Chevron not seeking severance tax credits
Glenwood Springs, CO Colorado
GLENWOOD SPRINGS, Colorado ” Chevron has decided not to seek severance tax credits for its contribution in rebuilding County Road 204 north of DeBeque, according to a recent letter from the company.
The issue of the company receiving severance tax credits for its efforts in improving the road, which leads to the company’s drilling operations in the Piceance Basin, has been the subject of intense political controversy in this year’s county commissioner race between Republican John Martin and Democrat Stephen Bershenyi. Some Democrats have called that project the “Road to Nowhere.”
Michael DeBerry, manager of Chevron’s Piceance operations, wrote a letter to Martin, saying the company would not seek a severance tax credit for its contributions in rebuilding the county road. Those credits would reduce the company’s severance tax bill.
An agreement the county reached with Chevron to make improvements to CR 204 earlier this year, called on the county to support the company’s efforts to receive those severance tax credits. Martin and outgoing Commissioner Larry McCown voted to approve that agreement, while Commissioner Tresi Houpt voted against it.
Houpt has continued to vote against additional issues connected to CR 204 because of the use of severance tax credits for rebuilding the road. She said that agreement was not in the public benefit because the project largely benefits Chevron and that companies should contribute to help improve roads as part of doing business in the county.
Chevron will put forward $25 million for the CR 204 improvement efforts. The county will contribute $3 million, with half of that total coming from a Colorado Department of Local Affairs grant.
In his letter, DeBerry wanted to thank Martin and the other commissioners for the agreement the county reached with the company.
“Chevron strives to build productive, collaborative, trusting and beneficial relationships with entities and the communities where it operates,” DeBerry wrote. “This project has proven to be a model for those characteristics.”
However, DeBerry added that some have chosen “to misrepresent this issue and use inaccuracies for political gain.”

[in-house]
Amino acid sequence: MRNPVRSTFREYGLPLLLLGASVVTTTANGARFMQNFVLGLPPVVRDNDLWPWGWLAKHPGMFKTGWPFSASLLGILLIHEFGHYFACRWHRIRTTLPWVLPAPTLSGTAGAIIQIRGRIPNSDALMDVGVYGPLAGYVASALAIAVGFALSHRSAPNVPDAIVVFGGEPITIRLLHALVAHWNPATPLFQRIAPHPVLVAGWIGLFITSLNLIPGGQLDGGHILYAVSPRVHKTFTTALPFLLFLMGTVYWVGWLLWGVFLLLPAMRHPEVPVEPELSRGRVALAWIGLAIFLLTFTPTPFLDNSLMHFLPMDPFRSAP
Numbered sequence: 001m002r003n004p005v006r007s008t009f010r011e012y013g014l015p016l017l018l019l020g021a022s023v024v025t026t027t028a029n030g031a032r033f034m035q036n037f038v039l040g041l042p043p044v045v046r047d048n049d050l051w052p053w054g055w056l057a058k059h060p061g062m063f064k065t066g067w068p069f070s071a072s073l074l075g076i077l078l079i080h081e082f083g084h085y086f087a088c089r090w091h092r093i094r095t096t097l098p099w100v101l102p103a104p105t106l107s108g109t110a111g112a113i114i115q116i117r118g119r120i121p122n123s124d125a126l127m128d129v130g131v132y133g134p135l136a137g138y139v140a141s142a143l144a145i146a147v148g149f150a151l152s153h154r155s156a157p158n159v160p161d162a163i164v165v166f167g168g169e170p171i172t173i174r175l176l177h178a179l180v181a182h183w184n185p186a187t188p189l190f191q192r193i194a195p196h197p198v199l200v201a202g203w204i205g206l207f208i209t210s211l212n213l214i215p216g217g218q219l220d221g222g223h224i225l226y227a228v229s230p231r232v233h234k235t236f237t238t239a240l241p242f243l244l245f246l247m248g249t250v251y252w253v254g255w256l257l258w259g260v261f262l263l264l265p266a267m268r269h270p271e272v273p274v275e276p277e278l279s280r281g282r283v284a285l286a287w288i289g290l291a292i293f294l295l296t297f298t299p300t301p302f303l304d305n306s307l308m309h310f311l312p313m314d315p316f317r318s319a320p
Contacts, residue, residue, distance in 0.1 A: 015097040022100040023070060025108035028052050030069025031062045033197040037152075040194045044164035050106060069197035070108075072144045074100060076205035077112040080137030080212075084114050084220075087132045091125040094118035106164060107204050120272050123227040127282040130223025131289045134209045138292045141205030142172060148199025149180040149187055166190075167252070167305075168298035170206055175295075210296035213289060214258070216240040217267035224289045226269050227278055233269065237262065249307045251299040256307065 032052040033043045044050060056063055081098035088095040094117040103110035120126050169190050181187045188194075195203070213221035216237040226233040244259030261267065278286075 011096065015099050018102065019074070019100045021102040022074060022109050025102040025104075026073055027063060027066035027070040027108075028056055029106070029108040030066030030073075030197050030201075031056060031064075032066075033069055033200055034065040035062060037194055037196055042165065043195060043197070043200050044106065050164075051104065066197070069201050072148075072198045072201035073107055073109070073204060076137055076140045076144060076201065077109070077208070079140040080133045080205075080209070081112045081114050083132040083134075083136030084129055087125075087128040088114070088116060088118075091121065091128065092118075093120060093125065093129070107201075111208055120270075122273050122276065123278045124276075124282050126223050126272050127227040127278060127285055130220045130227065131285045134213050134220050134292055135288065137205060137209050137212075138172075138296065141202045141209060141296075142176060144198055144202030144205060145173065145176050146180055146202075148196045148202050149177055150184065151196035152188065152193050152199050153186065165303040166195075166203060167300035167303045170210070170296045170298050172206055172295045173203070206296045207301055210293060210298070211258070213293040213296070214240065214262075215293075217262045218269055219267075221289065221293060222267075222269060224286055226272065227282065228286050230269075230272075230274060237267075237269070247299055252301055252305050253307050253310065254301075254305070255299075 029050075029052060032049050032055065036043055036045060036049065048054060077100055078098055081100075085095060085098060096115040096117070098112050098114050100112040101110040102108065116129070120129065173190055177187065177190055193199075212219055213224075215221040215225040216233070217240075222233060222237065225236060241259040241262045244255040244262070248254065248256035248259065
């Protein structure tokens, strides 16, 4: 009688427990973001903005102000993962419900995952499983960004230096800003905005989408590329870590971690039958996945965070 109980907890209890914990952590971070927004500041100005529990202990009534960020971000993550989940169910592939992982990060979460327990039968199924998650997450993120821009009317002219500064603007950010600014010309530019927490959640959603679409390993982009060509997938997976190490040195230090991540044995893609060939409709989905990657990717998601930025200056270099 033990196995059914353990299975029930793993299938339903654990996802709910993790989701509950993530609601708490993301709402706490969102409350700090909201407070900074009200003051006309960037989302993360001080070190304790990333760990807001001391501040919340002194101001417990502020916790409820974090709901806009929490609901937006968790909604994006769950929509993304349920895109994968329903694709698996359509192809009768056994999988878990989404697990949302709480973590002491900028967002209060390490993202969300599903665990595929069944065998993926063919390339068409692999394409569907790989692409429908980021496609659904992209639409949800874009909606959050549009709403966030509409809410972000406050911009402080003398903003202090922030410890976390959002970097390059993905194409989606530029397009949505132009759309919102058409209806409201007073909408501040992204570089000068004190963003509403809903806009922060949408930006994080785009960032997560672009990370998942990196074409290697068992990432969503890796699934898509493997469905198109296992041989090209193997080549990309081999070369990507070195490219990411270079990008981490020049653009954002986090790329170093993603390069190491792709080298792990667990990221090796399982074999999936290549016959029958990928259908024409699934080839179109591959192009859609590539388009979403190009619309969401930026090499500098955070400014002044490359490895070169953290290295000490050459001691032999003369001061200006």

“This sort of activity is distasteful and unfair to all parties involved,” DeBerry wrote. “Chevron is committed to funding the reconstruction of CR 204 because it places the highest priority on the health and safety of its workforce and residents of Roan Creek and De Beque.”
Martin said DeBerry’s letter shows that the commission had been working “openly and honestly” in reaching agreement with Chevron for rebuilding of the county road.
“We weren’t trying to deceive anyone,” he said.
He added that Chevron knew it had an uphill battle in receiving the severance tax credit since a pre-approved project, like County Road 204, would likely not qualify for those credits.
Asked about DeBerry’s comments about the rebuilding of the road being used for “for political gain,” Martin said it was obvious the road became a “negative campaign issue.”
“Chevron was upfront and honest with their statement that (the road) is for safety for not only its workforce but the citizens,” he said.
Bershenyi said the letter DeBerry sent to the county ” a justification after the fact.” He said concerns residents had about the project was an issue Chevron “didn’t want out in front of everybody.”
Bershenyi said that a main concern he had about the county’s agreement with Chevron was that if the county encouraged the use of severance tax credits for CR 204, there is a risk the county would not able to use future credits for other projects, such as the Interstate 70 interchange at Parachute.
“It is just a matter that I have different priorities than John does,” Bershenyi said. “My priorities are for the citizens of Garfield County and not the industry.”
Earlier this week, the commissioners signed off on a move to approve a $21.4 million contract to rebuild CR 204.
Contact Phillip Yates: 384-9117
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